Wendy’s has replaced its popular Pretzel Bacon Cheeseburger with its latest limited-time offer, the Bacon Portabella Melt on Brioche, despite the latter’s sales-driving performance during the third quarter.

Brand spokesman Denny Lynch said the Pretzel Bacon Cheeseburger ended its run as a limited-time offer in keeping with Wendy’s marketing calendar, which already allowed for one extension for the sandwich when demand and social-media buzz for the item lived up to hype from industry observers.

“Our marketing plans are laid out months in advance, and we know what we’ve got on the docket for other menu items,” Lynch said. “You weigh all those factors. Any time you decide to extend a promotion, you weight that against what’s in the pipeline and what consumer sentiment is, and it’s more art than science.”

The Pretzel Bacon Cheeseburger rolled out nationwide in July as a summer limited-time offering, which was extended through the fall. The sandwich had performed so well in test marketing that one securities analyst, Mark Kalinowski of Janney Capital Markets, predicted that the item could lift Wendy’s third-quarter same-store sales between 3 percent and 5 percent.

The Dublin, Ohio-based chain’s domestic same-store sales rose 3.2 percent at company-owned locations and 3.1 percent at franchised units in the Sept. 29-ended third quarter. Officials gave much of the credit to the Pretzel Bacon Cheeseburger, which stayed on the menu for five months, even when Wendy’s switched its advertising campaigns to promote the return of Flatbread Grilled Chicken sandwiches in August and the Pretzel Pub Chicken sandwich in October.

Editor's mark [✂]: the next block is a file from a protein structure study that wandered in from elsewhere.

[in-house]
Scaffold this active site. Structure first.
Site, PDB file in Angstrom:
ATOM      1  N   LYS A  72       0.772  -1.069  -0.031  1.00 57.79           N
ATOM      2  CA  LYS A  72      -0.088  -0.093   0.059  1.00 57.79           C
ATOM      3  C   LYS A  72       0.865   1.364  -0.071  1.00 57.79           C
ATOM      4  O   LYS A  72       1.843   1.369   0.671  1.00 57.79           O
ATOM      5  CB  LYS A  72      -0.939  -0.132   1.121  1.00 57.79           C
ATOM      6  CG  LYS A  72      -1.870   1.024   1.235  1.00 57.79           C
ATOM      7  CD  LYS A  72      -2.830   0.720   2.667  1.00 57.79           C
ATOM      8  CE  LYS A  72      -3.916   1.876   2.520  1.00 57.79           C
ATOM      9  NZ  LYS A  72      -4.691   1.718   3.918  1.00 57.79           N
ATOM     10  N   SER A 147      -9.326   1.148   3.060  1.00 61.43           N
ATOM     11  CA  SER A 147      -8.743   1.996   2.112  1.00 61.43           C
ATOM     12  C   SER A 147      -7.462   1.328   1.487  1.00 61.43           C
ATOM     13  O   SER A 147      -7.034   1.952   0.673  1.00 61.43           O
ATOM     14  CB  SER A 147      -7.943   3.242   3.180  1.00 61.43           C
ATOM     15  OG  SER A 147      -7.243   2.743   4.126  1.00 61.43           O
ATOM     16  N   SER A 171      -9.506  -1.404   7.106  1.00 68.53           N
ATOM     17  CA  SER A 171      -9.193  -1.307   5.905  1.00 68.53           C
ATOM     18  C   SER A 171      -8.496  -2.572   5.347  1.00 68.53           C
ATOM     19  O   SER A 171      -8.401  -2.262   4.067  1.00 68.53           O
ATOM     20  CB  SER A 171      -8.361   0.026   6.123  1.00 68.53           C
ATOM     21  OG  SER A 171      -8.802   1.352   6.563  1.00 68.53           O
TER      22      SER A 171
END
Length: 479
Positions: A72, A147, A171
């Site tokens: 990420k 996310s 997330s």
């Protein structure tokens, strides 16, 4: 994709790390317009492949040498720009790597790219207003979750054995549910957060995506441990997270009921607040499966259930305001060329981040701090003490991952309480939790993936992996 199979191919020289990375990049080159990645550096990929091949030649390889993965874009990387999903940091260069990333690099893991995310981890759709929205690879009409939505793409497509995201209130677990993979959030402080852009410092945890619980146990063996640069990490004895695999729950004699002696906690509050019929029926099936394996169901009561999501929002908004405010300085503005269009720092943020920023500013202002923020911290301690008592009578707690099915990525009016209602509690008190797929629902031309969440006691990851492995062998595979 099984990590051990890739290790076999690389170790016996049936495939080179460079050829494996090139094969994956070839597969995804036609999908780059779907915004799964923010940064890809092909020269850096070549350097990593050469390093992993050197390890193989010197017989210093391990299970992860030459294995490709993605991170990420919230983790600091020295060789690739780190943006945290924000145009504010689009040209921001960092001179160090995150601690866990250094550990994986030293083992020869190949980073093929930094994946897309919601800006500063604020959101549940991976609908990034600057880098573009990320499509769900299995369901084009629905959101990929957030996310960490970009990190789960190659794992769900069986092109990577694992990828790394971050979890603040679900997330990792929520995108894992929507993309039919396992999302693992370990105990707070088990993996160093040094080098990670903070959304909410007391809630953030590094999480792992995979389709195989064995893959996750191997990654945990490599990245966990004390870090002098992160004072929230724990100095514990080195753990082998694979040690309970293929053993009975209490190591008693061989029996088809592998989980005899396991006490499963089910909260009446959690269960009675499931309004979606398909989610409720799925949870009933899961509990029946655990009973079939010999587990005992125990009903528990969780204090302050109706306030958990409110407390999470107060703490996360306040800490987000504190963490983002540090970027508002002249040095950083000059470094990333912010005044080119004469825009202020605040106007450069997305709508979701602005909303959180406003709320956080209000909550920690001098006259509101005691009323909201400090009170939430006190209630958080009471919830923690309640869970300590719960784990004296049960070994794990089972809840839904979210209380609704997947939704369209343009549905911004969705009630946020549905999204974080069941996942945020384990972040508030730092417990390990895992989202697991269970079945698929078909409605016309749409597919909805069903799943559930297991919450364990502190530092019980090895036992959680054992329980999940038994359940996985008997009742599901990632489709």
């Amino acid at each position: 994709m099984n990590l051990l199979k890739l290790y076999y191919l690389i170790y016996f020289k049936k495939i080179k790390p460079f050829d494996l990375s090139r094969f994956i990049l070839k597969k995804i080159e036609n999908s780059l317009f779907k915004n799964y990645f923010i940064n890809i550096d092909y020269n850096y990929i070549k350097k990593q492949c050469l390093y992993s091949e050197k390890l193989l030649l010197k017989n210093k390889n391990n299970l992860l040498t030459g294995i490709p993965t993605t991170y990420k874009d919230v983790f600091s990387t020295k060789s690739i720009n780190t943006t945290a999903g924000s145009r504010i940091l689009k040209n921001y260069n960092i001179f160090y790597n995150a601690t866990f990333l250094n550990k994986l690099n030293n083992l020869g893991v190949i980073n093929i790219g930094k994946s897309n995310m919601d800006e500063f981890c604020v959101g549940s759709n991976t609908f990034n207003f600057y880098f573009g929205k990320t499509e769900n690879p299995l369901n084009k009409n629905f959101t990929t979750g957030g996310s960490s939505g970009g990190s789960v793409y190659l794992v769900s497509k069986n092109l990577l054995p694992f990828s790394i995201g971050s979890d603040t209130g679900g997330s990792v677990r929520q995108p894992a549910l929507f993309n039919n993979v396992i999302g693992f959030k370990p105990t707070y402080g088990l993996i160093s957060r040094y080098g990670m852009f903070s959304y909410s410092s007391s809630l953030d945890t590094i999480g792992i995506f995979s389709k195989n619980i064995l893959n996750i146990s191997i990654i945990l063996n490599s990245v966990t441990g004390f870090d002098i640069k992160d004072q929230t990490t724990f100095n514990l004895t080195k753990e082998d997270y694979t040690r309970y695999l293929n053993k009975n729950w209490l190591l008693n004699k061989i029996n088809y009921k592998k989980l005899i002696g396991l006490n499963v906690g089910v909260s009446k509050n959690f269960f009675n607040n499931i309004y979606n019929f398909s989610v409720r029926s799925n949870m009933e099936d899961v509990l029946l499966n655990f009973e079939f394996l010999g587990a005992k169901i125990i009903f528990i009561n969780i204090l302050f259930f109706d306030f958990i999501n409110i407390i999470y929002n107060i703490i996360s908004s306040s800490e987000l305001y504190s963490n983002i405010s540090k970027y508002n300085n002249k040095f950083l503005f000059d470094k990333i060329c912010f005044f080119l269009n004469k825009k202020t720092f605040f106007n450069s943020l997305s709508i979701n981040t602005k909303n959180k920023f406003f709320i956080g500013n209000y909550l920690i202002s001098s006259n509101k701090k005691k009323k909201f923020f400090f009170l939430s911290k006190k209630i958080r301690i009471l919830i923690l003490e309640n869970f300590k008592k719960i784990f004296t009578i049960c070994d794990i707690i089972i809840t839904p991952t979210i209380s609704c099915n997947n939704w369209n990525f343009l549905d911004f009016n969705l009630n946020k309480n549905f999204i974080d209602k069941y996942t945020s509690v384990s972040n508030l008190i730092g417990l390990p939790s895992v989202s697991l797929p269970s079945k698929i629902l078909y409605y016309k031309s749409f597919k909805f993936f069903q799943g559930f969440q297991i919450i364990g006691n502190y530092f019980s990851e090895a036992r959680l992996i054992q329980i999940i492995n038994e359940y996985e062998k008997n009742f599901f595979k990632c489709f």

With its marketing now focused on the Bacon Portabella Melt on Brioche, Wendy’s is continuing a previously stated strategy to use premium sandwiches to attempt what chief executive Emil Brolick has called its “A Cut Above” positioning in quick service. Part of that strategy, he had said during previous presentations to investors, would involve sandwiches made with more upscale bread choices that a customer might find at fast-casual restaurants.

As menu trends expert Nancy Kruse has noted, chains in all segments, such as Arby’s, Jason’s Deli or Red Robin Gourmet Burgers, have sourced and highlighted upscale types of bread for new and limited-time sandwiches this year.

Wendy’s spokesman Denny Lynch said the more upscale buns used this year at Wendy’s have gained the attention of consumers and the press, but added that new condiments and toppings should not be overlooked.

“We’re not just relying on the new breads, but nobody’s denying that that’s the hook,” Lynch said. “Everything on these sandwiches was of a higher quality, not just the bread. We were using spring mix instead of iceberg lettuce, and there was Muenster cheese and Asiago cheese on these sandwiches.”

The latest Bacon Portabella Melt limited-time offer includes a quarter-pound beef patty, two slices of American cheese, mushrooms and a melted-Cheddar sauce, all on a new brioche bun.

While Lynch would not divulge exactly how upscale buns and toppings might appear in new products next year, he said “higher-quality ingredients across the board [would remain] a strategy and a focus as we move forward.”

Wendy’s operates or franchises more than 6,500 restaurants in the United States and 28 foreign markets.

Contact Mark Brandau at mark.brandau@penton.com.
Follow him on Twitter: @Mark_from_NRN